Based this logic, the PNEI YEHOSHUA answers a similar question on the Gemara. The Mishnah earlier (27a) teaches that if one falls on a pot in the public domain, the owner of the pot is responsible for any damages. Why is the owner of the pot liable? When one walks in the public domain and sees a pot on the ground, he should go around the pot to the other side of the road! The Pnei Yehoshua answers that a person does not have to suspect that there are pots in the road. Since people do not have permission to place their pots in the road, it is not something which one must be wary of. In contrast, people have permission to carry things through the public domain. Therefore, when one sees a person carrying a load and suspects that there could be a collision if something goes wrong, he should move to the other side of the road.
(The Gemara earlier (27b) says that people are generally not expected to notice objects on the ground that are not supposed to be there. Consequently, it is not their fault that they did not notice the pot. On the other hand, if an ox trips over a fallen animal during the daytime, the owner of the fallen animal is exempt from the damage to the ox. This is because an animal always looks down and thus the ox should not have tripped on something lying on the ground. See Tosfos to 27b, DH Lefi.) (Mordechai Zvi Dicker)


QUESTION: The Beraisa states that if a person enters a carpenter's store without permission and some wood struck by the carpenter hits him and causes him to die, the carpenter is exempt. However, if he enters with permission, the carpenter is liable. Rebbi Yosi bar Chanina explains that this means he is liable for damages, but he is exempt from Galus (exile to one of the cities of refuge reserved for people who kill accidentally). The carpenter is exempt from Galus because the case of accidental killing in which the Torah teaches the obligation of Galus is a case in which a person is accidentally killed in the forest by a woodchopper. In that case, the forest is everyone's domain. In this case, however, the victim and the perpetrator are in the killer's domain.
Rava (or Rabah according to the BACH) argues that if, when they are in a forest, where it is likely that the victim entered with the permission of his friend, the killer is obligated to go to Galus, then certainly in a case in which the victim had explicit permission to enter, the killer must go to Galus.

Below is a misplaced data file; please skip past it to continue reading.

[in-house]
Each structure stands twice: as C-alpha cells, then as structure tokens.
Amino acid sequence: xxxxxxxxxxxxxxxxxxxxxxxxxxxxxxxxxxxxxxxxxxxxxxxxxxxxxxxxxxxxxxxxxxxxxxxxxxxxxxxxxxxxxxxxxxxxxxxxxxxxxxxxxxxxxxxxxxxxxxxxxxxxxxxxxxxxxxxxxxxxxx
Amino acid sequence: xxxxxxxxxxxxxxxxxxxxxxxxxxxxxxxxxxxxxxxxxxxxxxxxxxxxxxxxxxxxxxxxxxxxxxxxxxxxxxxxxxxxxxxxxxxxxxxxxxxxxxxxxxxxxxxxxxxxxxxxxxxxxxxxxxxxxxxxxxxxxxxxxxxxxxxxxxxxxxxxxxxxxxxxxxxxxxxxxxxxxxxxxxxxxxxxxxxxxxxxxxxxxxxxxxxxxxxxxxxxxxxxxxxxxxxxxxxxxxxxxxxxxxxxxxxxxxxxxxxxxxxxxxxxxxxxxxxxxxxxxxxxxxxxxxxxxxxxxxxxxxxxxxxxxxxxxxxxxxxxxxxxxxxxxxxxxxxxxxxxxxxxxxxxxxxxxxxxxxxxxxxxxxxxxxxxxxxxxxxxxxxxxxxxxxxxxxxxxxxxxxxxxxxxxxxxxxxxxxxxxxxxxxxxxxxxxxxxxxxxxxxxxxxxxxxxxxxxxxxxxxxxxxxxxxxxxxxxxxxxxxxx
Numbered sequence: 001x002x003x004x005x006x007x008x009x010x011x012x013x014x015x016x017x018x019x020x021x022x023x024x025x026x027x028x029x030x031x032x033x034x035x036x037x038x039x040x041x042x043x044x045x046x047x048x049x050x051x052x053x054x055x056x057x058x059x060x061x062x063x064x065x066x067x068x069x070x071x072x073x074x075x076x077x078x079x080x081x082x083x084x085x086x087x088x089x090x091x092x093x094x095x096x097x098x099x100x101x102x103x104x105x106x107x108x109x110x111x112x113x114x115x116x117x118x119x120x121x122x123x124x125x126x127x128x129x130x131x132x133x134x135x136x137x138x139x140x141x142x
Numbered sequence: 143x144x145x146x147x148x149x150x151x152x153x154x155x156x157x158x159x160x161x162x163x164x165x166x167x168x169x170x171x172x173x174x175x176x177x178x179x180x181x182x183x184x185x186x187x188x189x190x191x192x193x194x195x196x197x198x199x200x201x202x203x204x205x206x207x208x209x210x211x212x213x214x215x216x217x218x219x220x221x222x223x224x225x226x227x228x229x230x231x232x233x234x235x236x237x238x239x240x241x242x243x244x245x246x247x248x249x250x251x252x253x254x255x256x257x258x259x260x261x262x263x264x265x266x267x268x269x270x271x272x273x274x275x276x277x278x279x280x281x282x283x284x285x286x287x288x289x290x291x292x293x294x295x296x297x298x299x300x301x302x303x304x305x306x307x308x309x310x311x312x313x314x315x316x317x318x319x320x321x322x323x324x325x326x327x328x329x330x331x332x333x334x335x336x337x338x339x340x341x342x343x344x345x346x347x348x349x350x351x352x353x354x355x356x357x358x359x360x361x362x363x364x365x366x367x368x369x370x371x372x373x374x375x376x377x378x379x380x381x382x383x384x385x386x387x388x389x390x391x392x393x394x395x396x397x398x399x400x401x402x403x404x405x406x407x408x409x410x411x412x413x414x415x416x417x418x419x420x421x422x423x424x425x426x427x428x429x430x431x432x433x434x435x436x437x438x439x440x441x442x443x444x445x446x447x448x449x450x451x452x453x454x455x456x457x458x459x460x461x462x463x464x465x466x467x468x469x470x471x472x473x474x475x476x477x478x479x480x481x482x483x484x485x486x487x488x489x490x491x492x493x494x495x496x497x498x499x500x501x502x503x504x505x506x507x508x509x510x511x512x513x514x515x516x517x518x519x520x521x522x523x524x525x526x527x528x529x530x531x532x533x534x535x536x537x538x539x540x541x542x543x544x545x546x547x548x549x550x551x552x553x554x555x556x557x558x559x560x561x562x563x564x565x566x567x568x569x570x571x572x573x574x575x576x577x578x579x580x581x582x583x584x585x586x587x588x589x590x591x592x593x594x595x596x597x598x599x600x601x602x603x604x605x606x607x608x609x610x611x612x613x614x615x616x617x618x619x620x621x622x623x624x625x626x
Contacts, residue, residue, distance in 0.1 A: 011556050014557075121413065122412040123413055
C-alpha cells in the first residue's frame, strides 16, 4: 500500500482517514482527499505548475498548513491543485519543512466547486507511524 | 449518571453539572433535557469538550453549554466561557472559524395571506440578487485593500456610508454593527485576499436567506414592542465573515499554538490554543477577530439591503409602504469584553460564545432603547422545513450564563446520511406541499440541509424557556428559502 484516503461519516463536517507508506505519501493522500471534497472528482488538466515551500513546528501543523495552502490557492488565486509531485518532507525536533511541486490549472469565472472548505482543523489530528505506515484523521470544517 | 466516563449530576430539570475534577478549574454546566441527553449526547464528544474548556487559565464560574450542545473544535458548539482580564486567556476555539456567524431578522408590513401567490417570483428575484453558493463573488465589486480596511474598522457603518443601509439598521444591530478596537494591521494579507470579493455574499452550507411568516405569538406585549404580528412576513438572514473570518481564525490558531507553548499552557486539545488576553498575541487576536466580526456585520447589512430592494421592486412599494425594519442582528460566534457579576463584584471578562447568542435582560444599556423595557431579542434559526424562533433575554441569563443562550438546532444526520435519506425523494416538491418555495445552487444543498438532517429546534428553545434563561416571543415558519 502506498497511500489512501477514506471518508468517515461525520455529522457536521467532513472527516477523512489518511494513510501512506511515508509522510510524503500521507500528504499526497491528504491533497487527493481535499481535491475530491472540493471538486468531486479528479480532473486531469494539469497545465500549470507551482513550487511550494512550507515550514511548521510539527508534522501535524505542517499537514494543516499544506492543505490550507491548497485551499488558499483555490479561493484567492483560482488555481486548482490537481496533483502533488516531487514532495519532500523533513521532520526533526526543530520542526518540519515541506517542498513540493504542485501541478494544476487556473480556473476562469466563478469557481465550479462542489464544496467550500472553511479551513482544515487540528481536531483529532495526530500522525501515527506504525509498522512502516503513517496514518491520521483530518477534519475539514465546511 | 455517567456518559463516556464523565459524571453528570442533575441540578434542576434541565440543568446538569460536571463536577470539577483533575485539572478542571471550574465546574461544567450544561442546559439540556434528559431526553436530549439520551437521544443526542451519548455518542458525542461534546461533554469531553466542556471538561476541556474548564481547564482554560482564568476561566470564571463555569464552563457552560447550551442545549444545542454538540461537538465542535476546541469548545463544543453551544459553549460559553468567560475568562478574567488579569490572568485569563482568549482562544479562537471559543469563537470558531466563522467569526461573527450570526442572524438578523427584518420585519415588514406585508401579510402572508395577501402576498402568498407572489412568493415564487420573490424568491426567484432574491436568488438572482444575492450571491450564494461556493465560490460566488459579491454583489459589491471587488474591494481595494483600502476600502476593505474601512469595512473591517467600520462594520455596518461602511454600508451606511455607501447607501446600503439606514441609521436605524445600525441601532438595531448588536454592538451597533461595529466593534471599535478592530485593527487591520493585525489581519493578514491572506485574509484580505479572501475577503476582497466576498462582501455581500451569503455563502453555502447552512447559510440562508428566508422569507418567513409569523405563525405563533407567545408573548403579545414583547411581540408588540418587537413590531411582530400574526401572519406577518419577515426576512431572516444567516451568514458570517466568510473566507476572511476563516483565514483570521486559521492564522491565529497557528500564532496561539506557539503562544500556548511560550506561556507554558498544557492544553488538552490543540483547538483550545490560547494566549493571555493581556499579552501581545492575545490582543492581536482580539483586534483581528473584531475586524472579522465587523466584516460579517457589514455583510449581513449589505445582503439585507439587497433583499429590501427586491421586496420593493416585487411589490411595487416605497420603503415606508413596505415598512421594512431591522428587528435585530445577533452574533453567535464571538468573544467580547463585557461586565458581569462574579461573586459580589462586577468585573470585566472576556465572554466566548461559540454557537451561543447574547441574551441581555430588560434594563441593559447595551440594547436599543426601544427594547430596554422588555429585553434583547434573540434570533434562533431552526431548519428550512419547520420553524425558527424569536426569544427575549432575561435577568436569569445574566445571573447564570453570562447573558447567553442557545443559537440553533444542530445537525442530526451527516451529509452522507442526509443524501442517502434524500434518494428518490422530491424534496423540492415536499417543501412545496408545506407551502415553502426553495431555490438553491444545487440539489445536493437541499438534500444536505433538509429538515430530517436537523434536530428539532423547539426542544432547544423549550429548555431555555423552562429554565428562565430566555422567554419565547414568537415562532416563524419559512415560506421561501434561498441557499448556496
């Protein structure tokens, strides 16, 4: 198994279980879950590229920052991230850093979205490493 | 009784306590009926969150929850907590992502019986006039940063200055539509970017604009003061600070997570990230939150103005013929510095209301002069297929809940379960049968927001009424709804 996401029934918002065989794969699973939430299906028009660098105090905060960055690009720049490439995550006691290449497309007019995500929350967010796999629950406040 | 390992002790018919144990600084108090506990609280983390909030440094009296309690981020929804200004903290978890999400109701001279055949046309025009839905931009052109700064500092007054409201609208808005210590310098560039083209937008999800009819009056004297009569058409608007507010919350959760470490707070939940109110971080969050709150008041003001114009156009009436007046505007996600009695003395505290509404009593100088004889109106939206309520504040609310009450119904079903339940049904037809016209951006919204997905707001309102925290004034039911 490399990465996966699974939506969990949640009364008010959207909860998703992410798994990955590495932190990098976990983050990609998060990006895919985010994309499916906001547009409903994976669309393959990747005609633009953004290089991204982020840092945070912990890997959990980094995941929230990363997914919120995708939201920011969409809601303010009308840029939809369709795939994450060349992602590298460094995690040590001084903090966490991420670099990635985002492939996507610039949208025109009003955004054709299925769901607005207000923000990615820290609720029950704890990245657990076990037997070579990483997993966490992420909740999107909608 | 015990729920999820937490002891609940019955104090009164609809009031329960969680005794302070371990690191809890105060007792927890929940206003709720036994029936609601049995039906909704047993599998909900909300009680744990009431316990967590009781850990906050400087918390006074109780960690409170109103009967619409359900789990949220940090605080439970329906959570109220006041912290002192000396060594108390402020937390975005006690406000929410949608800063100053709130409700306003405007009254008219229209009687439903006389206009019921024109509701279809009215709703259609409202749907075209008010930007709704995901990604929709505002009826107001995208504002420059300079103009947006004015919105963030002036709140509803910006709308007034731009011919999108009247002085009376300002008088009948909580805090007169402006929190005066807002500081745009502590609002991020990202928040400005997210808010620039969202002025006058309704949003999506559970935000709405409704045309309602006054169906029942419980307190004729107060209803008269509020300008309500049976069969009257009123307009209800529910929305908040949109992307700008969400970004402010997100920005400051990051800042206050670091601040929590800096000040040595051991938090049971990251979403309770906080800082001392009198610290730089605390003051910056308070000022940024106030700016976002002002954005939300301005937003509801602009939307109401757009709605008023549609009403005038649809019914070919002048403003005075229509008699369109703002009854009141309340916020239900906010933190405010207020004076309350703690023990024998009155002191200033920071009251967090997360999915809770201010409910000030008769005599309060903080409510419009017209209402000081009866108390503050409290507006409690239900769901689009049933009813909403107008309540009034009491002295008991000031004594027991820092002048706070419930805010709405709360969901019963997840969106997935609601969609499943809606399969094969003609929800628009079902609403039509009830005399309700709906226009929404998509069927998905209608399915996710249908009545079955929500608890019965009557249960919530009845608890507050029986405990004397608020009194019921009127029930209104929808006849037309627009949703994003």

Rava therefore explains that when Rebbi Yosi bar Chanina says that he is exempt from Galus, he means that Galus is insufficient for him; it will not provide him with the degree of atonement which he needs, because he is considered "Karov l'Mezid" -- "close to an intentional killer." (Such a person is not protected by the city of refuge, and the killer's relatives may hunt him down at any time.)
TOSFOS (DH d'Lo Sagi) asks that Rava's words seem to contradict the Mishnah in Makos (8a). The Mishnah there states that if one throws a stone into his courtyard and it kills someone, the thrower must go to Galus if the victim had permission to be there. If the victim did not have permission to be there, the killer does not go to Galus. According to Rava, however, when a person had permission to be there, Galus is insufficient!
(a) TOSFOS answers that there are two different types of cases in which the victim enters "with permission." The Mishnah in Makos (8a) refers to a person who has actual legal rights (whether because he purchased them or received them as a gift) to be in the courtyard. However, he is not always there, and the stone thrower did not check whether or not he was there before he threw the stone. The Beraisa here refers to a case in which permission was granted for the person to be there only on this occasion. Since the carpenter granted permission at this moment for the other person to enter, he should assume that the person is there. If he is not careful, he is considered "Karov l'Mezid" and Galus is insufficient to atone for him.
(b) A similar answer is given by TOSFOS RABEINU PERETZ, who writes that the difference is whether or not the killer saw that the victim was there or not. In the case in Makos, he did not see that anyone was there, while in this case he saw that the person was there and still he was not careful.
(c) The MAHARSHA and PNEI YEHOSHUA answer that once Tosfos establishes that the case in Makos (8a) is where the victim bought the rights to be there, there is another difference between the two cases other than the difference given by Tosfos. In Makos, each person was considered to be in his own domain, just as each person is considered to be in his own domain when he enters the forest, and therefore Galus is mandated. In the case of the Gemara here, giving momentary permission to enter is not the same as being in one's own domain. The victim is considered to be in the killer's domain and not in his own domain. This is another reason why Galus is not the appropriate punishment. (Y. Montrose)